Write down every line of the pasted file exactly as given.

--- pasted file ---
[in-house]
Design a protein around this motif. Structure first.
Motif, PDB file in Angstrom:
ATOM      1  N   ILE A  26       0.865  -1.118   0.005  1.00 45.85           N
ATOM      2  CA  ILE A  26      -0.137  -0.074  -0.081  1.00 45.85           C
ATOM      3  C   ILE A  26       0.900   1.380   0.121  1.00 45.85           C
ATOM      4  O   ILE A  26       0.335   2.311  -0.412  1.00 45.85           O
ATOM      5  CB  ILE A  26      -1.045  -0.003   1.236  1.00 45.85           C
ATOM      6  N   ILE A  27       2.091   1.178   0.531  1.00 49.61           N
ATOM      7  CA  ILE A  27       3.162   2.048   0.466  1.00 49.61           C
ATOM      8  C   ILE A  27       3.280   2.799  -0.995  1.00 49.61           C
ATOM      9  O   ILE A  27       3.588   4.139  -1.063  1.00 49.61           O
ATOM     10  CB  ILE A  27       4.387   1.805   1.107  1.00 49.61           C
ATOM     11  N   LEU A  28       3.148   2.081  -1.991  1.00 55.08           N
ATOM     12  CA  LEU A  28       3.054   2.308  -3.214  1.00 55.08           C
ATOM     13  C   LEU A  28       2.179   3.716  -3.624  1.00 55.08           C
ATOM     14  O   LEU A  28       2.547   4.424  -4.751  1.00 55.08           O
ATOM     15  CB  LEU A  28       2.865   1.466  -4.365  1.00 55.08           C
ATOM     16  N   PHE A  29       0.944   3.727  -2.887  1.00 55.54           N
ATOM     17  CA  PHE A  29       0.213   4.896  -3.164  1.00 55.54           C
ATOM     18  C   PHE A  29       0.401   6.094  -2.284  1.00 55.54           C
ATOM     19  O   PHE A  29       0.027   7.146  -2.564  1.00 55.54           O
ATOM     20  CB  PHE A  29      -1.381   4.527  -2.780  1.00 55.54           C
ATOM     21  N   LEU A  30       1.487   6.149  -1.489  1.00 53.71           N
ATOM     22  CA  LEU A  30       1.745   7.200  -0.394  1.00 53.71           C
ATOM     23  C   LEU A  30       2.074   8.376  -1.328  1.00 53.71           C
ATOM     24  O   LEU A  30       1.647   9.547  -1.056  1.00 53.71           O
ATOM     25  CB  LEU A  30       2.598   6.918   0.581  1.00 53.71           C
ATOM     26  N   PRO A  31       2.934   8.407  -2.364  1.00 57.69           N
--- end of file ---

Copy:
[in-house]
Design a protein around this motif. Structure first.
Motif, PDB file in Angstrom:
ATOM      1  N   ILE A  26       0.865  -1.118   0.005  1.00 45.85           N
ATOM      2  CA  ILE A  26      -0.137  -0.074  -0.081  1.00 45.85           C
ATOM      3  C   ILE A  26       0.900   1.380   0.121  1.00 45.85           C
ATOM      4  O   ILE A  26       0.335   2.311  -0.412  1.00 45.85           O
ATOM      5  CB  ILE A  26      -1.045  -0.003   1.236  1.00 45.85           C
ATOM      6  N   ILE A  27       2.091   1.178   0.531  1.00 49.61           N
ATOM      7  CA  ILE A  27       3.162   2.048   0.466  1.00 49.61           C
ATOM      8  C   ILE A  27       3.280   2.799  -0.995  1.00 49.61           C
ATOM      9  O   ILE A  27       3.588   4.139  -1.063  1.00 49.61           O
ATOM     10  CB  ILE A  27       4.387   1.805   1.107  1.00 49.61           C
ATOM     11  N   LEU A  28       3.148   2.081  -1.991  1.00 55.08           N
ATOM     12  CA  LEU A  28       3.054   2.308  -3.214  1.00 55.08           C
ATOM     13  C   LEU A  28       2.179   3.716  -3.624  1.00 55.08           C
ATOM     14  O   LEU A  28       2.547   4.424  -4.751  1.00 55.08           O
ATOM     15  CB  LEU A  28       2.865   1.466  -4.365  1.00 55.08           C
ATOM     16  N   PHE A  29       0.944   3.727  -2.887  1.00 55.54           N
ATOM     17  CA  PHE A  29       0.213   4.896  -3.164  1.00 55.54           C
ATOM     18  C   PHE A  29       0.401   6.094  -2.284  1.00 55.54           C
ATOM     19  O   PHE A  29       0.027   7.146  -2.564  1.00 55.54           O
ATOM     20  CB  PHE A  29      -1.381   4.527  -2.780  1.00 55.54           C
ATOM     21  N   LEU A  30       1.487   6.149  -1.489  1.00 53.71           N
ATOM     22  CA  LEU A  30       1.745   7.200  -0.394  1.00 53.71           C
ATOM     23  C   LEU A  30       2.074   8.376  -1.328  1.00 53.71           C
ATOM     24  O   LEU A  30       1.647   9.547  -1.056  1.00 53.71           O
ATOM     25  CB  LEU A  30       2.598   6.918   0.581  1.00 53.71           C
ATOM     26  N   PRO A  31       2.934   8.407  -2.364  1.00 57.69           N